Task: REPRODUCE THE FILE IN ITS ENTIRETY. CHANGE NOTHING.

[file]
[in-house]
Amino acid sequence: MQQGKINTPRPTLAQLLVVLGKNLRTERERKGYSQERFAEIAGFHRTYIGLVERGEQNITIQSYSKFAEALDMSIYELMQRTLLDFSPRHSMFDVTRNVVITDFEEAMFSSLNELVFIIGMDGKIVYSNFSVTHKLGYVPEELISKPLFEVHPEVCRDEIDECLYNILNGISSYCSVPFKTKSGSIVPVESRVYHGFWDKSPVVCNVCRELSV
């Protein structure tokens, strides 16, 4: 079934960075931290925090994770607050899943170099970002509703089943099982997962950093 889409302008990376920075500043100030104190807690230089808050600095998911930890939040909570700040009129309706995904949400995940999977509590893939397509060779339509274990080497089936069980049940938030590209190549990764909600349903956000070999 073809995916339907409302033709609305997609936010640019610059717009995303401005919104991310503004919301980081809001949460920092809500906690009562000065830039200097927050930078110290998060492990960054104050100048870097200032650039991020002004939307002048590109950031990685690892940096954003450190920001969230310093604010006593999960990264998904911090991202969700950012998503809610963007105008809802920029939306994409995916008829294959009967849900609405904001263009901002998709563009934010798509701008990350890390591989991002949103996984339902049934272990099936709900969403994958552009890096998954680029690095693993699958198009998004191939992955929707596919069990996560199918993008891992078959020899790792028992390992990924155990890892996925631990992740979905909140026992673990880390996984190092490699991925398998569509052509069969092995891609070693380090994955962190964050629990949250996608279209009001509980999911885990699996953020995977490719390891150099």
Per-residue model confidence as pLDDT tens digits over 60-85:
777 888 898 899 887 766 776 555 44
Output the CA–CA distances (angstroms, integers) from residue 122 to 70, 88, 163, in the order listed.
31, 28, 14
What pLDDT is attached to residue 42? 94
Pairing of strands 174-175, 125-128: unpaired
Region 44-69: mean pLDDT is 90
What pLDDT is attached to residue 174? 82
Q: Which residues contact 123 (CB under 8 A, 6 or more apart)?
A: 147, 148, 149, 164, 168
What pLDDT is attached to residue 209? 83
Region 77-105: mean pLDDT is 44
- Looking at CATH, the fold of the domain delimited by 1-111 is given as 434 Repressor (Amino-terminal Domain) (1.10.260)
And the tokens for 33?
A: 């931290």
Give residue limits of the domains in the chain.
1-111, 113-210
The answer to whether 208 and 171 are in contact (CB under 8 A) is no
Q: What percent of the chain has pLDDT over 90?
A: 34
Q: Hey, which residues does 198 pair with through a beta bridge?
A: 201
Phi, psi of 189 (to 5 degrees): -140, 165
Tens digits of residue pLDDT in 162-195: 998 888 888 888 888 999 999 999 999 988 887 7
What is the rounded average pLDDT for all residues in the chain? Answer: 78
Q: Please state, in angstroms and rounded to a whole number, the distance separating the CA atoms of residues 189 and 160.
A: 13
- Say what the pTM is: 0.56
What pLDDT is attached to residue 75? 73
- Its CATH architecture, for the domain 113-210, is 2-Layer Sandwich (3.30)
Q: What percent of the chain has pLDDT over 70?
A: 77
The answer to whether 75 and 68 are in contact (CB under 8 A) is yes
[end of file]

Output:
[in-house]
Amino acid sequence: MQQGKINTPRPTLAQLLVVLGKNLRTERERKGYSQERFAEIAGFHRTYIGLVERGEQNITIQSYSKFAEALDMSIYELMQRTLLDFSPRHSMFDVTRNVVITDFEEAMFSSLNELVFIIGMDGKIVYSNFSVTHKLGYVPEELISKPLFEVHPEVCRDEIDECLYNILNGISSYCSVPFKTKSGSIVPVESRVYHGFWDKSPVVCNVCRELSV
């Protein structure tokens, strides 16, 4: 079934960075931290925090994770607050899943170099970002509703089943099982997962950093 889409302008990376920075500043100030104190807690230089808050600095998911930890939040909570700040009129309706995904949400995940999977509590893939397509060779339509274990080497089936069980049940938030590209190549990764909600349903956000070999 073809995916339907409302033709609305997609936010640019610059717009995303401005919104991310503004919301980081809001949460920092809500906690009562000065830039200097927050930078110290998060492990960054104050100048870097200032650039991020002004939307002048590109950031990685690892940096954003450190920001969230310093604010006593999960990264998904911090991202969700950012998503809610963007105008809802920029939306994409995916008829294959009967849900609405904001263009901002998709563009934010798509701008990350890390591989991002949103996984339902049934272990099936709900969403994958552009890096998954680029690095693993699958198009998004191939992955929707596919069990996560199918993008891992078959020899790792028992390992990924155990890892996925631990992740979905909140026992673990880390996984190092490699991925398998569509052509069969092995891609070693380090994955962190964050629990949250996608279209009001509980999911885990699996953020995977490719390891150099």
Per-residue model confidence as pLDDT tens digits over 60-85:
777 888 898 899 887 766 776 555 44
Output the CA–CA distances (angstroms, integers) from residue 122 to 70, 88, 163, in the order listed.
31, 28, 14
What pLDDT is attached to residue 42? 94
Pairing of strands 174-175, 125-128: unpaired
Region 44-69: mean pLDDT is 90
What pLDDT is attached to residue 174? 82
Q: Which residues contact 123 (CB under 8 A, 6 or more apart)?
A: 147, 148, 149, 164, 168
What pLDDT is attached to residue 209? 83
Region 77-105: mean pLDDT is 44
- Looking at CATH, the fold of the domain delimited by 1-111 is given as 434 Repressor (Amino-terminal Domain) (1.10.260)
And the tokens for 33?
A: 């931290």
Give residue limits of the domains in the chain.
1-111, 113-210
The answer to whether 208 and 171 are in contact (CB under 8 A) is no
Q: What percent of the chain has pLDDT over 90?
A: 34
Q: Hey, which residues does 198 pair with through a beta bridge?
A: 201
Phi, psi of 189 (to 5 degrees): -140, 165
Tens digits of residue pLDDT in 162-195: 998 888 888 888 888 999 999 999 999 988 887 7
What is the rounded average pLDDT for all residues in the chain? Answer: 78
Q: Please state, in angstroms and rounded to a whole number, the distance separating the CA atoms of residues 189 and 160.
A: 13
- Say what the pTM is: 0.56
What pLDDT is attached to residue 75? 73
- Its CATH architecture, for the domain 113-210, is 2-Layer Sandwich (3.30)
Q: What percent of the chain has pLDDT over 70?
A: 77
The answer to whether 75 and 68 are in contact (CB under 8 A) is yes